One of my favorite things about Japan is how close one is able to come in contact with the magnificent. Ancient thousand year old shrines,temples, and trees, perfect masters of arts who are famous around the world, places bearing enormous historical significance–in their mere presence you can feel their power like an actual force permeating the space around you. Yet this intense significance is coupled with an ability to be in direct contact with it. No smoke and mirrors, no television screen separating you from the world. You can be in direct contact with our legendary masters and powerspots if you seek them out.
A certain element of this experience can be felt through attending sumo matches. The sport has an almost spiritual air in its purity that transcends the normal world, and yet it doesn’t transcend, because you are there, witnessing it firsthand. Japan shows one that there are places and people with almost unbelievable levels of purity and power, and yet they possess such a level of ordinariness that they can all be seen, felt, and taken apart if you approach them. Japan teaches one that magic does exist, but that there is nothing “magical” about it. Extraordinary in the ordinary and ordinary in the extraordinary.
Sumo tournaments occur only a few times a year. This arena in Osaka is one of the venues that is used.
Full house. The raw earth ring in the middle stands in contrast to the rest of the ring in the city of manmade pavement, steel, and electric cables. Above the ring is a shinto roof, designating the that ground below is holy turf. Above this, the rising sun.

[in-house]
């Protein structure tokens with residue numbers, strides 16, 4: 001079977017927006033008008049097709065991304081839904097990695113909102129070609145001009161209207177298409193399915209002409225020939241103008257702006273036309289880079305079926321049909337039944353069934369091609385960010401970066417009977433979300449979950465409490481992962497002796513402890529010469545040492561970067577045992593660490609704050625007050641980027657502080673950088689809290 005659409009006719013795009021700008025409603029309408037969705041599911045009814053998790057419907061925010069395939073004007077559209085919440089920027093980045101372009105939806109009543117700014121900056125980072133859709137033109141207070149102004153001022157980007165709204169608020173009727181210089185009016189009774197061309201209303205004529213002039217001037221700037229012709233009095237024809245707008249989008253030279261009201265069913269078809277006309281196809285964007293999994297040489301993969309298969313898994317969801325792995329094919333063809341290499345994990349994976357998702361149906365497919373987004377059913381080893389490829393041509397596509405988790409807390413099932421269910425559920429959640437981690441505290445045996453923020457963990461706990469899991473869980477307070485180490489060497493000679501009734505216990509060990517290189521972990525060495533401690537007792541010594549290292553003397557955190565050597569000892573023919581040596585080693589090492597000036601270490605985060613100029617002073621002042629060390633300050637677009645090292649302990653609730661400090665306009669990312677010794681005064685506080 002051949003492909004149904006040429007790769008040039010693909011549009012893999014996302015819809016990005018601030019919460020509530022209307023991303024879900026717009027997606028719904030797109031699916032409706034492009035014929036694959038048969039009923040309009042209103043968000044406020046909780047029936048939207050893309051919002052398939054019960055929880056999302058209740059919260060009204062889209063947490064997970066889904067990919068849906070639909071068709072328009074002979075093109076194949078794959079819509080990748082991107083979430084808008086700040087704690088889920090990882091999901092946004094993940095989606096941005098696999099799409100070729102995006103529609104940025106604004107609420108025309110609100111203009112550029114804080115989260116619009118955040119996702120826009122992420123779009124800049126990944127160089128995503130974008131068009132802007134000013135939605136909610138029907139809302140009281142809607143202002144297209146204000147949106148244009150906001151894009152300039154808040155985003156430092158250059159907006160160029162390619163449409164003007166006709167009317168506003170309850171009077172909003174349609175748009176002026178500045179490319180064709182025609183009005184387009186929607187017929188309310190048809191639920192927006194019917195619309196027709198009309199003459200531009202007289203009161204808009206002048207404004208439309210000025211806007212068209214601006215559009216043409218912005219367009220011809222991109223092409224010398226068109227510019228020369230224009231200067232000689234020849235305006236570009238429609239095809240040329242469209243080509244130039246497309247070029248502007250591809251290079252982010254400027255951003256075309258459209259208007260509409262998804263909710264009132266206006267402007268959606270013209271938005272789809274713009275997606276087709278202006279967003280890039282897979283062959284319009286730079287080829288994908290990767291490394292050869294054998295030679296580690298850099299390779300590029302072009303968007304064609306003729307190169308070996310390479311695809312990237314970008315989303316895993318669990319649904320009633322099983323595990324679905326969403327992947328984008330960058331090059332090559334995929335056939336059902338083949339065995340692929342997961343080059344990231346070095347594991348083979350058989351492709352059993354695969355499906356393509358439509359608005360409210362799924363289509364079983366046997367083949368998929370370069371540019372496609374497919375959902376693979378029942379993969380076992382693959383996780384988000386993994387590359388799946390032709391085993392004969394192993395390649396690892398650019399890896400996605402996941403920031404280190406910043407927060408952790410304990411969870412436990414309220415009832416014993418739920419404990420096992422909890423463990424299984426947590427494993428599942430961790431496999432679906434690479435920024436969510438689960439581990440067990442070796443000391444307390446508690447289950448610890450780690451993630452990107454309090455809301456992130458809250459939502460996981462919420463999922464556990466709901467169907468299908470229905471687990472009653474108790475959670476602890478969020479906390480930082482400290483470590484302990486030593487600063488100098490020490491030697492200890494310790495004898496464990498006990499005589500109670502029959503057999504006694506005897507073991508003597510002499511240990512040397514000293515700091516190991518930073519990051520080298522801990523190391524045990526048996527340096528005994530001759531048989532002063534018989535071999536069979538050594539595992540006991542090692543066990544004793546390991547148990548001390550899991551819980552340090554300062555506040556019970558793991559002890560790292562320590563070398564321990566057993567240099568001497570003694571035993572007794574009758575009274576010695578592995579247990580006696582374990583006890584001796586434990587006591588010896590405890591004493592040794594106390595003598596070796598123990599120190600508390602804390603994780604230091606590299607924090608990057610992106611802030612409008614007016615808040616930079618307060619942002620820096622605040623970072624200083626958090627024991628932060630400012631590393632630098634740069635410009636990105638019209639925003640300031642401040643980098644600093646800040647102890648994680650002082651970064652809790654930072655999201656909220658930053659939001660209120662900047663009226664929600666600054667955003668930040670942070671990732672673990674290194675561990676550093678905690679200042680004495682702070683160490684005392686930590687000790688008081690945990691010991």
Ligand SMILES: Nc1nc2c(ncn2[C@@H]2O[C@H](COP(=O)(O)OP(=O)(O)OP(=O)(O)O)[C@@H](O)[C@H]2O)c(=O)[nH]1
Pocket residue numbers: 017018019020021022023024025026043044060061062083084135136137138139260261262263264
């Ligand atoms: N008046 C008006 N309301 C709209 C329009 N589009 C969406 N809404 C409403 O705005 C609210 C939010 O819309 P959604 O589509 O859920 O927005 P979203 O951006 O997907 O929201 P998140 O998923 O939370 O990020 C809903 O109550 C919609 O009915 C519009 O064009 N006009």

Sumo events take place throughout an entire day, and the professional rounds do not begin until after lunchtime. In the morning are the amateur rounds and the stadium is quite empty. You can sit right up in the front row seats if you want, and its cool to be right up and close to the ring if you didn’t blow the cash on a reserved seat for the professional rounds.
The goal is to either knock the opponent out of the ring or to have him lose balance and fall to the ground. There is only one round per match and thus wrestlers have one chance and only one chance to defeat their opponent. It is to me a symbol of human life to which all of us mortals can relate.
When one typically thinks of a sumo wrestler, one often assumes that the more obese one is, the better. Indeed, many of the wrestlers actually have a higher number of kg weight than the do number of cm tall! However, this is not the ideal build, and being fat and immobile can actually be quite a disadvantage. What matters most is power and balance.
Pictured above, the professionals taking the stage. The pros are treated as demigods and are given the highest treatment human beings can receive. One can only imagine how they live outside of the ring. They are not arrogant, but their presence seems to naturally draw out respect and reverence from others. It is like standing in the presence of a mountain.
Emerging from his car to enter the stadium, my favorite wrestler, Kotoōshū Katsunori. He is of Bulgarian descent and is one of the best. All wrestlers are given sumo names to replace their birthnames, a practice similar to the donning of a new name when one becomes a Buddhist monk. Transcending the earthly realm.